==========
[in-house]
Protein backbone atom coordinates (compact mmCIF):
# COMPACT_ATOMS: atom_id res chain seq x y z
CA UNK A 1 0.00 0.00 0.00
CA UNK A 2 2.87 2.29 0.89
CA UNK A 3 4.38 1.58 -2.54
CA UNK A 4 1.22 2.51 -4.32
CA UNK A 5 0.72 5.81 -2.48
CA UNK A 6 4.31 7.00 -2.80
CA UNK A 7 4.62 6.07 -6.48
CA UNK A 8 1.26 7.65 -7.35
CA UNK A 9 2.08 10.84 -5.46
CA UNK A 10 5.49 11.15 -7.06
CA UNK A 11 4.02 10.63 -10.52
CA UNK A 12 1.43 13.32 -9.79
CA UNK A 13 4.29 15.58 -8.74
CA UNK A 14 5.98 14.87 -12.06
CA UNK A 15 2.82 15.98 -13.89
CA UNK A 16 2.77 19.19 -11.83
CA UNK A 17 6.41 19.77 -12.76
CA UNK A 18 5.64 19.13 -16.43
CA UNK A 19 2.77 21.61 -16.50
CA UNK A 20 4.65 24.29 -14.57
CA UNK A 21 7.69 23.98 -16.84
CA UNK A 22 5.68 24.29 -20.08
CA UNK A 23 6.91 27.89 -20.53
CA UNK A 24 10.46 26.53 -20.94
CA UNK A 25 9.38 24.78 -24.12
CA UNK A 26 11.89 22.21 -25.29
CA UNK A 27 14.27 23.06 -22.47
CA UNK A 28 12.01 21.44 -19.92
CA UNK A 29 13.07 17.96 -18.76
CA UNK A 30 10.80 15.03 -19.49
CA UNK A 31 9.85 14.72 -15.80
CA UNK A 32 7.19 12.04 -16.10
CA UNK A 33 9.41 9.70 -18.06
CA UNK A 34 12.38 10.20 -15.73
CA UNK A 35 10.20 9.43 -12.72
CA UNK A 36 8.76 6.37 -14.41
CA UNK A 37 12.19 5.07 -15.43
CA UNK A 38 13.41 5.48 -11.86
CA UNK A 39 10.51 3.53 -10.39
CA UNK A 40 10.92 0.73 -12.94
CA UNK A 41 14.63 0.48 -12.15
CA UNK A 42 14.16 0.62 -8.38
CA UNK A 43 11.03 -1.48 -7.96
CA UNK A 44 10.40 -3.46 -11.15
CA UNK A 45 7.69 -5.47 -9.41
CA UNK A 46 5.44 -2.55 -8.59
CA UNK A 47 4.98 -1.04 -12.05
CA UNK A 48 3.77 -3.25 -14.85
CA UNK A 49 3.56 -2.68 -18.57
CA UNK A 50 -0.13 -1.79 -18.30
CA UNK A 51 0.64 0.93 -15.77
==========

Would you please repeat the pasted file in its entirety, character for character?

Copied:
[in-house]
Protein backbone atom coordinates (compact mmCIF):
# COMPACT_ATOMS: atom_id res chain seq x y z
CA UNK A 1 0.00 0.00 0.00
CA UNK A 2 2.87 2.29 0.89
CA UNK A 3 4.38 1.58 -2.54
CA UNK A 4 1.22 2.51 -4.32
CA UNK A 5 0.72 5.81 -2.48
CA UNK A 6 4.31 7.00 -2.80
CA UNK A 7 4.62 6.07 -6.48
CA UNK A 8 1.26 7.65 -7.35
CA UNK A 9 2.08 10.84 -5.46
CA UNK A 10 5.49 11.15 -7.06
CA UNK A 11 4.02 10.63 -10.52
CA UNK A 12 1.43 13.32 -9.79
CA UNK A 13 4.29 15.58 -8.74
CA UNK A 14 5.98 14.87 -12.06
CA UNK A 15 2.82 15.98 -13.89
CA UNK A 16 2.77 19.19 -11.83
CA UNK A 17 6.41 19.77 -12.76
CA UNK A 18 5.64 19.13 -16.43
CA UNK A 19 2.77 21.61 -16.50
CA UNK A 20 4.65 24.29 -14.57
CA UNK A 21 7.69 23.98 -16.84
CA UNK A 22 5.68 24.29 -20.08
CA UNK A 23 6.91 27.89 -20.53
CA UNK A 24 10.46 26.53 -20.94
CA UNK A 25 9.38 24.78 -24.12
CA UNK A 26 11.89 22.21 -25.29
CA UNK A 27 14.27 23.06 -22.47
CA UNK A 28 12.01 21.44 -19.92
CA UNK A 29 13.07 17.96 -18.76
CA UNK A 30 10.80 15.03 -19.49
CA UNK A 31 9.85 14.72 -15.80
CA UNK A 32 7.19 12.04 -16.10
CA UNK A 33 9.41 9.70 -18.06
CA UNK A 34 12.38 10.20 -15.73
CA UNK A 35 10.20 9.43 -12.72
CA UNK A 36 8.76 6.37 -14.41
CA UNK A 37 12.19 5.07 -15.43
CA UNK A 38 13.41 5.48 -11.86
CA UNK A 39 10.51 3.53 -10.39
CA UNK A 40 10.92 0.73 -12.94
CA UNK A 41 14.63 0.48 -12.15
CA UNK A 42 14.16 0.62 -8.38
CA UNK A 43 11.03 -1.48 -7.96
CA UNK A 44 10.40 -3.46 -11.15
CA UNK A 45 7.69 -5.47 -9.41
CA UNK A 46 5.44 -2.55 -8.59
CA UNK A 47 4.98 -1.04 -12.05
CA UNK A 48 3.77 -3.25 -14.85
CA UNK A 49 3.56 -2.68 -18.57
CA UNK A 50 -0.13 -1.79 -18.30
CA UNK A 51 0.64 0.93 -15.77